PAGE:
I can’t say now whether this will have a big impact. I won’t stick my head in the sand anymore. It is a 5 year plan – starting at year 7, so we will just have to wait and see.

And because we all love a motivational poster:

rock bottom 3

Thank you for reading





Article of the Week #5 – Gender


Two articles prompted by the #HeForShe campaign for gender equality.

As ever with a set of questions and two transactional writing tasks.

PDF file is here: Gender – Emma W

Huge thanks to my very excellent colleague, Dr R, for providing sourcing these.

Thanks for reading,


Teaching restraint in descriptive writing

What does good descriptive writing look like?

L6 writing

This was written by one of my year 7 students last week. It reads:
Bottles lay on the ground, infront of an unused bin. A small dark melancholy cat sat on the cold stone ground looking around for any sign of food. There was an eerie silence. Drops of water flushed out…

It continues in a similar vein for several paragraphs.

This is the picture the student was describing:

descriptive image

Most students arrive in Year 7 with the understanding that good writing is technique heavy.  The overuse of adjectives and adverbs has replaced writing that demonstrates subtlety or sub-text.

When we being writing, we begin with simple sentences: The boy ran.
We develop these to add visual imagery – The boy ran quickly.
Later we add more precise adverbs – The boy ran sluggishly.
Modifying adjectives and verbs: The overweight boy staggered painfully.
We introduce different openers: Late again, the overweight boy staggered painfully onwards.

Vocabulary work adds:  The corpulent man-child blunders unseeingly onwards into the grimly lit darkening streets.

When I ask my pupils what good descriptive writing looks like – this is what they seem to think I want.

The curse of “show and don’t tell” has meant that pupils as writers are spoon-feeding their readers on a whole new level.  Don’t show and don’t tell is perhaps a better maxim.  (A side note on this – when we teach students techniques like ‘show and don’t tell’ remember they internalise language and I end up marking GCSE exam papers that read “The writer’s use of show and don’t tell suggests…) As I said, don’t show and don’t tell is sometimes better.

It is disheartening to have to unlearn these skills but pupils must.  Laborious descriptions that are laden with adjectives, adverbs and literary techniques (CRASH! BOOM!) are not good writing. Nor will they ever be.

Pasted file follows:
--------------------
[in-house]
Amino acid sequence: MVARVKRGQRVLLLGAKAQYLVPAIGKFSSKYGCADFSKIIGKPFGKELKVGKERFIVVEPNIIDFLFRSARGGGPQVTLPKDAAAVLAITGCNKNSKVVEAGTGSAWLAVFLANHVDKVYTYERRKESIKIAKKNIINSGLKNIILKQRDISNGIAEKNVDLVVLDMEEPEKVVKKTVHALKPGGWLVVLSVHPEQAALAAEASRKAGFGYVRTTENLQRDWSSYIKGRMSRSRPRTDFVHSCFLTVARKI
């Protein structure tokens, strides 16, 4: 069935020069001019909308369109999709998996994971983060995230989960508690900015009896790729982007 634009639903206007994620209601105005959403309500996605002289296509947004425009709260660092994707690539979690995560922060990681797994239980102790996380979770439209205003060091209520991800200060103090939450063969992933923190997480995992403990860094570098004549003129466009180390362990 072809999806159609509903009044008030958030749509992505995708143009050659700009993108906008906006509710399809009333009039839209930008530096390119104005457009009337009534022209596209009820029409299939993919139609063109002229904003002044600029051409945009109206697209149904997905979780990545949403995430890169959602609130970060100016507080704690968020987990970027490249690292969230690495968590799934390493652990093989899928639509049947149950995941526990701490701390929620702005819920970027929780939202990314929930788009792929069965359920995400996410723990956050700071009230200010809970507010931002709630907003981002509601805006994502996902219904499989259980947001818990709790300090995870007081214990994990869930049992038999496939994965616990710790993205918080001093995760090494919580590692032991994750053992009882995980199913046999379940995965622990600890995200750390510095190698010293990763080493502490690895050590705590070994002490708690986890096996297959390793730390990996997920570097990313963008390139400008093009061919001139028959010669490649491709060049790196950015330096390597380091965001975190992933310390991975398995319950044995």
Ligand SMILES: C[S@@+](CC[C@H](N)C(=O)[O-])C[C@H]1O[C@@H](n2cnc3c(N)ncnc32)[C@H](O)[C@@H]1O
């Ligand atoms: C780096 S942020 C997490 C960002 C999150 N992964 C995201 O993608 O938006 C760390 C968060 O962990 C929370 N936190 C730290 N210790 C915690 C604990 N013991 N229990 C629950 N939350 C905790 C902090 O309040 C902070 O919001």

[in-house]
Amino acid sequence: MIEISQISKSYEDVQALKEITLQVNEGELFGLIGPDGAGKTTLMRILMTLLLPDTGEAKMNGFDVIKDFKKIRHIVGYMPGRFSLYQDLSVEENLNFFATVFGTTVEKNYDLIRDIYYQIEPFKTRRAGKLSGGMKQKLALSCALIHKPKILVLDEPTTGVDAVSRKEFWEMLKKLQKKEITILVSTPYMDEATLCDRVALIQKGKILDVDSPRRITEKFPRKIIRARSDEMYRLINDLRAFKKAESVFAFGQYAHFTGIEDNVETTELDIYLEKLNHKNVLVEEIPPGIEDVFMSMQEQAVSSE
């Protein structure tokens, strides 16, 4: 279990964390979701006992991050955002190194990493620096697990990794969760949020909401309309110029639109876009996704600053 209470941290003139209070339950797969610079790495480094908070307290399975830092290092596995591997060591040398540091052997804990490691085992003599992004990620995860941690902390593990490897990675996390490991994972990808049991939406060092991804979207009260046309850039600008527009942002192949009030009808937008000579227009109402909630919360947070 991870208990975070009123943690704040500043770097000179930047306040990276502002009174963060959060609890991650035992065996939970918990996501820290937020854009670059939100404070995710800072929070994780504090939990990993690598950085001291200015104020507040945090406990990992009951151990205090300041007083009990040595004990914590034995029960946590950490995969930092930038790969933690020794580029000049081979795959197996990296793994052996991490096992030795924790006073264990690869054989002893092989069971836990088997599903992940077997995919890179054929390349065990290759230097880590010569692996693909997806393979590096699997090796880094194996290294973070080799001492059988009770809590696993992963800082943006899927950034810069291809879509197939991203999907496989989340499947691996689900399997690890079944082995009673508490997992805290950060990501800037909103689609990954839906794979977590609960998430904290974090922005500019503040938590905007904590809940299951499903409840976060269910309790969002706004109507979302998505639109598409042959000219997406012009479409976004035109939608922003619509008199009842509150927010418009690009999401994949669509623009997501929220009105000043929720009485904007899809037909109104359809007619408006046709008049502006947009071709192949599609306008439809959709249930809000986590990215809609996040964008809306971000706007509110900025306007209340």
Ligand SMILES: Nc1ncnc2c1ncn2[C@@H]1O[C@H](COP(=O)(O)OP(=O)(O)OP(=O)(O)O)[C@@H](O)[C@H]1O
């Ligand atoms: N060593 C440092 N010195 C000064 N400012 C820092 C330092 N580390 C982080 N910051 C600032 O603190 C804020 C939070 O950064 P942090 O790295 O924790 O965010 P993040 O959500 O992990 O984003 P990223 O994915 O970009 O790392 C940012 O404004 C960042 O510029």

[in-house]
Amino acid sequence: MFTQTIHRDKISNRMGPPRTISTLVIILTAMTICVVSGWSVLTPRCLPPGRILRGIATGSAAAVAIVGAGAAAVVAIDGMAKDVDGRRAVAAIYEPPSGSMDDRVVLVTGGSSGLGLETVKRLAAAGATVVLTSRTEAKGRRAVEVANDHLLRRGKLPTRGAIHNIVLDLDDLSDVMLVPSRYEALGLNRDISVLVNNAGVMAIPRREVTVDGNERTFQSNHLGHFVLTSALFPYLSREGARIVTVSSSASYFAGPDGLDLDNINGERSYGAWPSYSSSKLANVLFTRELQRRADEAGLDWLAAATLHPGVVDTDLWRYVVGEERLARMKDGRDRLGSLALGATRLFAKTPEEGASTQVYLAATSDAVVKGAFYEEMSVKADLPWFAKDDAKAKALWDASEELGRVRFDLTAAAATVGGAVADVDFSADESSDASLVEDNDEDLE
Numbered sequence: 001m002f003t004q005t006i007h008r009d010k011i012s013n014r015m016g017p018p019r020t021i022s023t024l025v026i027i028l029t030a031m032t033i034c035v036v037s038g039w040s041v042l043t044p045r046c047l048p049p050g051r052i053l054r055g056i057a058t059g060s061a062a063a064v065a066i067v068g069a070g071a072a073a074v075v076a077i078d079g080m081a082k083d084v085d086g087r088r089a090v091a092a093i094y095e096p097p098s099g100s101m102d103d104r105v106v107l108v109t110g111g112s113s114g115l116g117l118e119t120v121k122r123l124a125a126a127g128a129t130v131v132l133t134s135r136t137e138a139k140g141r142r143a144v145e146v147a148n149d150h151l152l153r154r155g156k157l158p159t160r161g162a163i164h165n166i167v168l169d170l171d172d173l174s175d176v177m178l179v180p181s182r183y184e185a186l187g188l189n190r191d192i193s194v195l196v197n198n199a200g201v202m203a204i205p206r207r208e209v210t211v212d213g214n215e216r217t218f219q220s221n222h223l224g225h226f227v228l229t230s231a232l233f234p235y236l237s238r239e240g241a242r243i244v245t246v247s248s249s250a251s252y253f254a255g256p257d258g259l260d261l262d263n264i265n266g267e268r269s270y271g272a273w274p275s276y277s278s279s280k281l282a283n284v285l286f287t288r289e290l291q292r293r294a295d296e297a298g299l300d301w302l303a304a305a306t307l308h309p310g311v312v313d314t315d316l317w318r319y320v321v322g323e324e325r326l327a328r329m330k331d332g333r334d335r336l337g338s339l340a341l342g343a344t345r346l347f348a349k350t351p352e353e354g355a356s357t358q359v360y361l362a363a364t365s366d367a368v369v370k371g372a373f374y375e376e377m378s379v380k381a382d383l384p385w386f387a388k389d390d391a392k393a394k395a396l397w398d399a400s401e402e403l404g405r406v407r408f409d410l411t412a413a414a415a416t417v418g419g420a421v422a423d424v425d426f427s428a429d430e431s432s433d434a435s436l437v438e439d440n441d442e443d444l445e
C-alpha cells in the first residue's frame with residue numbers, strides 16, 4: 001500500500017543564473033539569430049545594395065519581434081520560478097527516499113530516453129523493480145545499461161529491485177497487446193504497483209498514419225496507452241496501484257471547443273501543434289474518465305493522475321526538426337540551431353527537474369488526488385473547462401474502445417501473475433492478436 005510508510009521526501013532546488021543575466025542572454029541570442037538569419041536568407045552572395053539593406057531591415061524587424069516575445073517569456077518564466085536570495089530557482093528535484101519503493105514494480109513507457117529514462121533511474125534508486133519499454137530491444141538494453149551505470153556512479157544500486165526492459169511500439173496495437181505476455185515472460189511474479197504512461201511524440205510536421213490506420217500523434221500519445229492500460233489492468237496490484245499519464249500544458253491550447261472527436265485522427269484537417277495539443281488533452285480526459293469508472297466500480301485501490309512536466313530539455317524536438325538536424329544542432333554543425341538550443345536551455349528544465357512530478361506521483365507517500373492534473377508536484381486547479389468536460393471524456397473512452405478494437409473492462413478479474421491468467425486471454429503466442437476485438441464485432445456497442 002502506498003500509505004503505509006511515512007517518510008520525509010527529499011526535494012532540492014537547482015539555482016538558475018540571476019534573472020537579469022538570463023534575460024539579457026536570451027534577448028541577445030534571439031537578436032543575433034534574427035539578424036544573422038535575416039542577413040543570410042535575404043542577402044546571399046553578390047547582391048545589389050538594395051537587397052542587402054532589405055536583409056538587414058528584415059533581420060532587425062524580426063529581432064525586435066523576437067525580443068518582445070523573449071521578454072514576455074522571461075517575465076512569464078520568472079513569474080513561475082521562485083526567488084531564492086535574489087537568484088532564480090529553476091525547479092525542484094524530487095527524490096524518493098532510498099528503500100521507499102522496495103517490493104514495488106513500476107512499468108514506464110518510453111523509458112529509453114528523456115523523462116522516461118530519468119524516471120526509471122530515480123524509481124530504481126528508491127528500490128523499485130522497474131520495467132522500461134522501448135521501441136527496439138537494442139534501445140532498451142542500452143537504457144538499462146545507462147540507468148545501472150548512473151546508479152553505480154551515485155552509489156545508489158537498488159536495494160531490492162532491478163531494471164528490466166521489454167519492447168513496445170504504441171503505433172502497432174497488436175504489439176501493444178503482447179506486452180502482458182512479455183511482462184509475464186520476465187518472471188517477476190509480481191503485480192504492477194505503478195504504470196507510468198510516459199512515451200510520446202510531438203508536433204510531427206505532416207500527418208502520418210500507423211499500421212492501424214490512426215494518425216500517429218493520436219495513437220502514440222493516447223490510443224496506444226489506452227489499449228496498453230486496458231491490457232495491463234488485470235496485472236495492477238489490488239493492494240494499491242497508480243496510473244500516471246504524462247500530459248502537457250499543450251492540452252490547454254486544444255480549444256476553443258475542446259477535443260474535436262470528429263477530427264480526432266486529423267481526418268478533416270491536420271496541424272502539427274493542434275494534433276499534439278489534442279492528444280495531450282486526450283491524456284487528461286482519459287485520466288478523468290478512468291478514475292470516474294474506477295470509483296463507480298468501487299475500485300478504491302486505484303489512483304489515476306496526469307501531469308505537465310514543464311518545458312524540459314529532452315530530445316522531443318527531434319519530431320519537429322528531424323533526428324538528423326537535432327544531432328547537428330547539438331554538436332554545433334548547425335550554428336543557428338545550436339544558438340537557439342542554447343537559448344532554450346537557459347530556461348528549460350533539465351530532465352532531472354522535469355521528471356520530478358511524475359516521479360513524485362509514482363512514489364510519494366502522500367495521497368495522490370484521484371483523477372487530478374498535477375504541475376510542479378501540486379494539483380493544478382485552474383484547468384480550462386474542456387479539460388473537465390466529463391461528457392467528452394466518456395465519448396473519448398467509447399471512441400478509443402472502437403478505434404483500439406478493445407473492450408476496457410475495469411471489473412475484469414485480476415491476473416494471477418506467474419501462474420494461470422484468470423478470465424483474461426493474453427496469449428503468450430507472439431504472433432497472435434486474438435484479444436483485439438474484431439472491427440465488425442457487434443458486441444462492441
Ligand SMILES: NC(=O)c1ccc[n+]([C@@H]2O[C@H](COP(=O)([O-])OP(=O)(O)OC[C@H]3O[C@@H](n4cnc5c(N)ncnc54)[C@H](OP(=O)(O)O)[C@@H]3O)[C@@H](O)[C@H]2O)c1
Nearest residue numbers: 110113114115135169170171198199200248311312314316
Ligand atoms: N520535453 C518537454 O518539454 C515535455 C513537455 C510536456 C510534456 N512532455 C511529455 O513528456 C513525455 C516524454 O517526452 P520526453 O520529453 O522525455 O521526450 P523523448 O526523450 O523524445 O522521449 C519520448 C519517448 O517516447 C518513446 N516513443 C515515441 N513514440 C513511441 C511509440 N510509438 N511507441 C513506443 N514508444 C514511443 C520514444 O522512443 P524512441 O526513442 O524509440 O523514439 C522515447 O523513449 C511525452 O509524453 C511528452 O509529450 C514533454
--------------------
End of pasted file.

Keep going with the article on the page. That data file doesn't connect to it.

On becoming writers who read

The literature that we study at school is only worthy of study if we have to study it.  The reader’s interaction with the language of text – gleaning meaning where it is hidden is what we do when we analyse.  It’s not easy to write an essay paragraph using the quote “He slammed the fork down angrily” as there is nothing to infer.  The writer has set it out for us.

Pupils arriving in Year 7 though have been taught that when writing themselves, they must create such a vivid image for the reader than we have no work to do.  Their writing is filled with subjective emotional language, but by placing this into the text, they have robbed the reader of their own reaction.

Writing as detectives

I am teaching a scheme of work studying Mystery and next week we are due to start reading Poe’s Murders in the Rue Morgue.

In order to get into the mystery swing of things – this week I wanted pupils to pare back their writing, by writing description as detectives.

The lesson began with this extract from The Road by Cormac McCarthy (at this point I would like to thank Dr G for championing McCarthy endlessly – and finding me this extract):

descriptive writing 2

As detectives, pupils identified all the nouns and then explained what exactly was being described.  I then asked them to remove all the grammatical words to force their focus on to the nouns and noun phrases.  Finally we identified the adjectives.

By focussing on the nouns – students were more able to understand the ‘mystery’ in this extract. It almost sounds counter intuitive but this literal description allows for detailed inference – “the sagging hands”.

Students had to explain this forensic, scientific approach to writing, that did not use any emotional, subjective language. They described McCarthy’s landscape as realistic or ‘true’ as the students named it.

This image then required a detective’s eye to describe.  We started with nouns – precise and detailed.

descriptive writing 3

A few we listed were: